The biggest obstacle to a project like this is players in any given time period are rated relative to the other players of that time period. This leads to two distortions of the mathematics that are non-trivial to compensate for:
1) Outliers. Given a particular player who is very far above his contemporaries, it's difficult to assign an accurate rating. Paul Morphy was winning constantly, and so it's hard to know just how far above his contemporaries to position him, to name one example. If a player were to lose 2 games in thirty, for example, it's not possible to know with any degree of certainty that if the number were increased to 60 he would lose 4. We can guess, but that's all we can do.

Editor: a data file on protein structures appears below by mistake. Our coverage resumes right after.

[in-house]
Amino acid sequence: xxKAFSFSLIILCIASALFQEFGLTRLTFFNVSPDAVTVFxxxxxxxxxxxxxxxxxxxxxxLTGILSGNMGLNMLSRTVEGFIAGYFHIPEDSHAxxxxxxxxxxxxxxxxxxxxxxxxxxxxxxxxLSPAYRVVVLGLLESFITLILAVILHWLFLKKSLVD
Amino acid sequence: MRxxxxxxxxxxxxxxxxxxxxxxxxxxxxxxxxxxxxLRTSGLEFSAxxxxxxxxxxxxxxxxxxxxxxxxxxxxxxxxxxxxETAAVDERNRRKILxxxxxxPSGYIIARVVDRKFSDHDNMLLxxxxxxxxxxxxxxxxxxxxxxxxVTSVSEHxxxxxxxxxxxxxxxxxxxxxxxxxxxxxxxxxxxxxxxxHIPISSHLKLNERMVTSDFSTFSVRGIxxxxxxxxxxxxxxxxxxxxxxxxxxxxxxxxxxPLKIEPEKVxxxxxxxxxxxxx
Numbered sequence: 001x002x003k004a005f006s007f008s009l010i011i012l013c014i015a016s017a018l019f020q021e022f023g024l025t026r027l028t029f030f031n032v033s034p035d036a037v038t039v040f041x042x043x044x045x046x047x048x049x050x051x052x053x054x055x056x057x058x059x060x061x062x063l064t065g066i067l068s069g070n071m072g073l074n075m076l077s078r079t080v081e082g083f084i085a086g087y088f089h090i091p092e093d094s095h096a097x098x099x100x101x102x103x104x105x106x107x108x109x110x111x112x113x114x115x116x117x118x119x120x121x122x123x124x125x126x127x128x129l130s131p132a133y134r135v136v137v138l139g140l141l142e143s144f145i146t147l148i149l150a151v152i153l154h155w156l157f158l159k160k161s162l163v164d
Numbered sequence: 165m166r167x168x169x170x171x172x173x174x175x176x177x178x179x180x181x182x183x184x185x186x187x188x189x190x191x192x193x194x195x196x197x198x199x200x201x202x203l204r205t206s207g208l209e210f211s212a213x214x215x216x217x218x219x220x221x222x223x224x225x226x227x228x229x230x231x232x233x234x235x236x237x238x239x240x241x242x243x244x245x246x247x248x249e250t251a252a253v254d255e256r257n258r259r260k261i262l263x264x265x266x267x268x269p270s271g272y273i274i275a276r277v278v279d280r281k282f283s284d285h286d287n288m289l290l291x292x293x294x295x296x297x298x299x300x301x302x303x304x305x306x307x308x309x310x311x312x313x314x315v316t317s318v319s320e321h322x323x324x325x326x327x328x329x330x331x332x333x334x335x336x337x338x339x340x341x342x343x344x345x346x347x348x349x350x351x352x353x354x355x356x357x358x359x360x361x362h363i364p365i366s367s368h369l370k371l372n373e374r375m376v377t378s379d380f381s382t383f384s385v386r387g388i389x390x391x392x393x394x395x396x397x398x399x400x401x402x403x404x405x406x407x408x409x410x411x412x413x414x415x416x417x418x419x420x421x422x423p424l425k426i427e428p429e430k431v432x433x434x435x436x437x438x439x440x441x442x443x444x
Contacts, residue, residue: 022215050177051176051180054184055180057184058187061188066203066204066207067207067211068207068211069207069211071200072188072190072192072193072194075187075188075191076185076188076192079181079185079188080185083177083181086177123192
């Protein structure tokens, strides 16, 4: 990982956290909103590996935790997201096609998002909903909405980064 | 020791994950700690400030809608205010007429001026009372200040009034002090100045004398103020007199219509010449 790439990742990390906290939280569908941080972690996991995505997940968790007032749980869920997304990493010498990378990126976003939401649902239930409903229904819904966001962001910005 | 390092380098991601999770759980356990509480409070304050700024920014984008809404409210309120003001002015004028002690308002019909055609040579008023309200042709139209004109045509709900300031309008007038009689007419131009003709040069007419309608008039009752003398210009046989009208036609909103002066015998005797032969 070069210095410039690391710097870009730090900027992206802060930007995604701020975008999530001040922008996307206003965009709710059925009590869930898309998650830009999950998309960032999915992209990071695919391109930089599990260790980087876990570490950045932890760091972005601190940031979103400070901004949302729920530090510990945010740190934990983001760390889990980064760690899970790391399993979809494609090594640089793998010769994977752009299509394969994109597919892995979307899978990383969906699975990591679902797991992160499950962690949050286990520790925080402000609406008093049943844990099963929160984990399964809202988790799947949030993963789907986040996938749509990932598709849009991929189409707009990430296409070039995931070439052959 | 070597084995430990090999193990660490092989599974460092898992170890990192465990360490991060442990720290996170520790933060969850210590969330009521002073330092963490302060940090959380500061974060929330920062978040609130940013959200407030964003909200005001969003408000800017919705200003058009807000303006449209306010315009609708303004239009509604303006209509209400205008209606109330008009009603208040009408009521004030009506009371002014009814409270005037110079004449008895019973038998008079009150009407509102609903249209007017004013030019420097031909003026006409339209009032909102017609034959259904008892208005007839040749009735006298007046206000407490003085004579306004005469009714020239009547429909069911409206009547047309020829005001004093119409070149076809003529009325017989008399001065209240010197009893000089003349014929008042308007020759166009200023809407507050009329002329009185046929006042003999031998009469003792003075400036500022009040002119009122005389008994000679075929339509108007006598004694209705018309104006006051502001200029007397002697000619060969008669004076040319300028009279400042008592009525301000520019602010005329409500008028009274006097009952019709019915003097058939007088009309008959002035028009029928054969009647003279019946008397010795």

2) Size of the player pool. If we assume player skill to follow a normal distribution, then the distance between extremes will be wider given a larger pool. This doesn't indicate that a player at the extreme of a smaller pool is any less skilled than a player at the extreme of a larger pool, though the number assigned will be higher for the larger pool.
I doubt the question will ever permit itself to be solved mathematically, leaving us all plenty of room to argue for decades to come.